My Inner Critic & I

This morning my Inner Critic interrupted me in the midst of a flurry of ideas to remind me that deciding to pursue anything new is setting myself up to be “found out”.

She warns me that people will discover that I’m nothing special – no, worse – that I’m an imposter and a fraud, and I will be spurned and rejected.

She doesn’t like me overstepping my bounds and trying to be a Somebody. “Who do you think you are to do this?” she asks in a disdainful tone that suggests I’ve decided to fly to the moon in a hot air balloon.

She tells me that mine is just another fad idea that I’ll pursue for a few months before I finally realise I’m not good enough; or before I simply get distracted and lose interest.

She makes sure I know that failure is inevitable and imminent.

***

Over time I’ve learned to listen closely to this voice, and I’ve learned something interesting…

To my surprise, I discovered that my Inner Critic actually cares about me. She cares about me deeply and she doesn’t want me to get hurt, disappointed or ridiculed.

In fact, it is my poor Inner Critic who is insecure and terrified of everything. In an ill-expressed and dysfunctional way, she’s trying to keep me sheltered and out of harm’s way.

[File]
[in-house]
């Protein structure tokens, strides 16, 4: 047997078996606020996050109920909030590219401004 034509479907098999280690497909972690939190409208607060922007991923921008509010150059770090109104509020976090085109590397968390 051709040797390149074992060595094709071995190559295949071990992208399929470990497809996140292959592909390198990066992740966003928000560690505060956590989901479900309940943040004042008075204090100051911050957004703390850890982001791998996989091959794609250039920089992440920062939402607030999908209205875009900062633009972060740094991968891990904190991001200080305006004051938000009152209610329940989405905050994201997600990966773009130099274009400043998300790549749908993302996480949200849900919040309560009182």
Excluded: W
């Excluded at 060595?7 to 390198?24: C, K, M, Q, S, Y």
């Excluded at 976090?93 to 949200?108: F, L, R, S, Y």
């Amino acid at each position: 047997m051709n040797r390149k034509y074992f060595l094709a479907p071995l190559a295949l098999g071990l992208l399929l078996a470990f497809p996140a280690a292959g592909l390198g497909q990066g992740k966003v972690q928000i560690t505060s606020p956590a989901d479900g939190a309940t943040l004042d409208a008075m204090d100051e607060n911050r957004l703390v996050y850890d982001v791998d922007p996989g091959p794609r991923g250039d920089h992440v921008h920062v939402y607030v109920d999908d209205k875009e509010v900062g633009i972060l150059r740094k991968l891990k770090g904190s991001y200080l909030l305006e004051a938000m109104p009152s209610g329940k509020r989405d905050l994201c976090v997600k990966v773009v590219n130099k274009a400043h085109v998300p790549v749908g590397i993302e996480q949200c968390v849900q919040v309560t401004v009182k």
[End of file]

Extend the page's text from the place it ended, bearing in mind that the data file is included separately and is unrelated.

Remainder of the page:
This is her way of trying to keep me away from failure, away from being noticed for the wrong reasons, away from disappointment.

Away from risk of any kind.

choosing empathy

I dislike the things my Inner Critic says to me. I’d love for her to let me live life free from this toxic undercurrent of fear.

But understanding why she says such awful things gives me a choice.

When I am feeling strong enough to not fall under the spell of her words, I can choose to exercise compassion.

I can gently tell her, “It must be so difficult to see the world in the way you do. Thank you for trying to look after me. I understand why you are saying these things, I know you mean well, but please trust me. We’ll be okay.”

This doesn’t always work.

But when I am able to let my Inner Critic to feel heard and understood, she moves her worrying to the back of my mind – and my Inner Critic and I are able move forward in our own funny kind of harmony.

1 reply
  1. Philip Stephen Allen
    Philip Stephen Allen says:

    I love this. The inner critic has had my rapt attention for years now. I play to an audience that doesn’t actually exist. I really like the idea of bowing to these thoughts, and moving forward regardless. Thank you, Eva.

    Reply

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